Pro Focus is more on having fun, and less on scoring
The victory point cards are part of your deck itself, so you won't really know exactly how many points you or your opponents have until the game ends and all the points are tallied up. This lets you focus on the game and have a great experience playing your cards, rather than doing math equations and constantly comparing your points to everyone around you. It allows the fun and thrill of the deck building aspect to take front and center.
Pro Starts very simple and grows in complexity over time
At the start of the game, each player is given 10 identical cards to begin their deck. Within these starter cards are some properties which are worth victory points (the player with the most of these at the end of the game wins) and some currency cards (used to buy new cards).
Your options will be pretty limited at first, however, as the game progresses you'll be spending your currency cards every turn to buy new cards and add to your deck. These new cards can include more property cards, action cards that let you earn additional currency, curses to slow down your opponents, and more.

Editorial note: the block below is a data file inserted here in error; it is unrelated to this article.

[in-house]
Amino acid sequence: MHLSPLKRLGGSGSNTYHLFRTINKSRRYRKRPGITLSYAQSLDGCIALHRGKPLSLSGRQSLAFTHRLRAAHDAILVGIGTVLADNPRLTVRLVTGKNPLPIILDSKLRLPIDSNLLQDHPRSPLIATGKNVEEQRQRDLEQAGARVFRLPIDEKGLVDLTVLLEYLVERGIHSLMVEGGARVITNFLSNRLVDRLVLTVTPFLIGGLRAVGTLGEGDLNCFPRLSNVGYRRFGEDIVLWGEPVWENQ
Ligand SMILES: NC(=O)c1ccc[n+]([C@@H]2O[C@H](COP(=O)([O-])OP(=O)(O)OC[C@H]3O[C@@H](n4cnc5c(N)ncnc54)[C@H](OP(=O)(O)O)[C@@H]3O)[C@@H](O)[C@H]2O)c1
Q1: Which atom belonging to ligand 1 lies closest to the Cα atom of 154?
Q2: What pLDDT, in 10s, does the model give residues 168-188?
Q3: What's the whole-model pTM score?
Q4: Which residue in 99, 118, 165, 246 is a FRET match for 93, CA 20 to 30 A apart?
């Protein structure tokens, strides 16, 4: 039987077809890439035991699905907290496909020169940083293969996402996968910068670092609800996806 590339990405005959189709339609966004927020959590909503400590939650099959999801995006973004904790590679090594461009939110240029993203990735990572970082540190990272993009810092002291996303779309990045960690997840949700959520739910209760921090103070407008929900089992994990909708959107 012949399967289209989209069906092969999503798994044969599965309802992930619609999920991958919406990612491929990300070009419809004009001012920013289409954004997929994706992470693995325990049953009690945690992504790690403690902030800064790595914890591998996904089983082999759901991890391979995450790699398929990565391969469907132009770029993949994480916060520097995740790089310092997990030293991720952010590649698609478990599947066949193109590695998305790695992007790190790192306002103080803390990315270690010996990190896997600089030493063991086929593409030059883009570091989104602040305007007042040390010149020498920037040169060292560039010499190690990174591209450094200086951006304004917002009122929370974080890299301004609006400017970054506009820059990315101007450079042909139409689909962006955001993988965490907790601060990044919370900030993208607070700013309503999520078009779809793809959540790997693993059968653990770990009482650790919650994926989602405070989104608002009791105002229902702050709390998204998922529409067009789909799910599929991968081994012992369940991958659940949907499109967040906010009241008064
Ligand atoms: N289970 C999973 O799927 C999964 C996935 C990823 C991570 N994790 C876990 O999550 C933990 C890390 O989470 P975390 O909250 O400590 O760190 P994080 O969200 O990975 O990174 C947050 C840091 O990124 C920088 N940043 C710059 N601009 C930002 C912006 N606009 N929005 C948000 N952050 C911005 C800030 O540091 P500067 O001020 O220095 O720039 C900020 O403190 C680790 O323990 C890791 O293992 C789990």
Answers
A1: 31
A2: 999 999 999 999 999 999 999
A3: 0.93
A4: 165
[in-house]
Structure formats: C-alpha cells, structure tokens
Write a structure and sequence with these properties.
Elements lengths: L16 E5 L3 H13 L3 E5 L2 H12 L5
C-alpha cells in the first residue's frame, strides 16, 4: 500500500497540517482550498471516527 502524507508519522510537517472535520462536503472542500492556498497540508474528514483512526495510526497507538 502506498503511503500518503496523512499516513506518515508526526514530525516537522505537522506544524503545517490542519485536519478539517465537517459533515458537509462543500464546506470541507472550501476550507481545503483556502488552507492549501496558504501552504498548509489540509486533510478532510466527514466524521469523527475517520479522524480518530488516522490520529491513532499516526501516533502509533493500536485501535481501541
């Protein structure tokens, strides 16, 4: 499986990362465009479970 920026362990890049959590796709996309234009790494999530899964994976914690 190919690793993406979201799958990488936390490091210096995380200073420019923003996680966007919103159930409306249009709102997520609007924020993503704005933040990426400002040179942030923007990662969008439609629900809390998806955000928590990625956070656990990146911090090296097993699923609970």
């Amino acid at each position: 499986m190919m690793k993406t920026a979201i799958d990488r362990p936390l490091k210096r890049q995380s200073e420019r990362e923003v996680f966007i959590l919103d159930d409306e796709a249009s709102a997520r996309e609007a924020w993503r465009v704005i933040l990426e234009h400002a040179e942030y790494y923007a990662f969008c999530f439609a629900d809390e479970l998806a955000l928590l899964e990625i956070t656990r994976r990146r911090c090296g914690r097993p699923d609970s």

As your deck slowly starts to become more expansive, the trick is juggling your limited currency and trying to buy cards that have synergy with the ones in your hand. Deciding whether to buy properties worth victory points or action cards that give you the opportunity to earn more currency leaves a ton of room open for strategy and deck management.
Con Player interaction is very limited
While you are in direct competition with your opponents to gather the most properties (victory points), you'll most likely be more concerned with managing your own deck rather than what your opponents are doing. There are a few attack cards that allow you to force opponents to discard or unable to draw new cards, but other than those rare exceptions, there is very little actual interaction.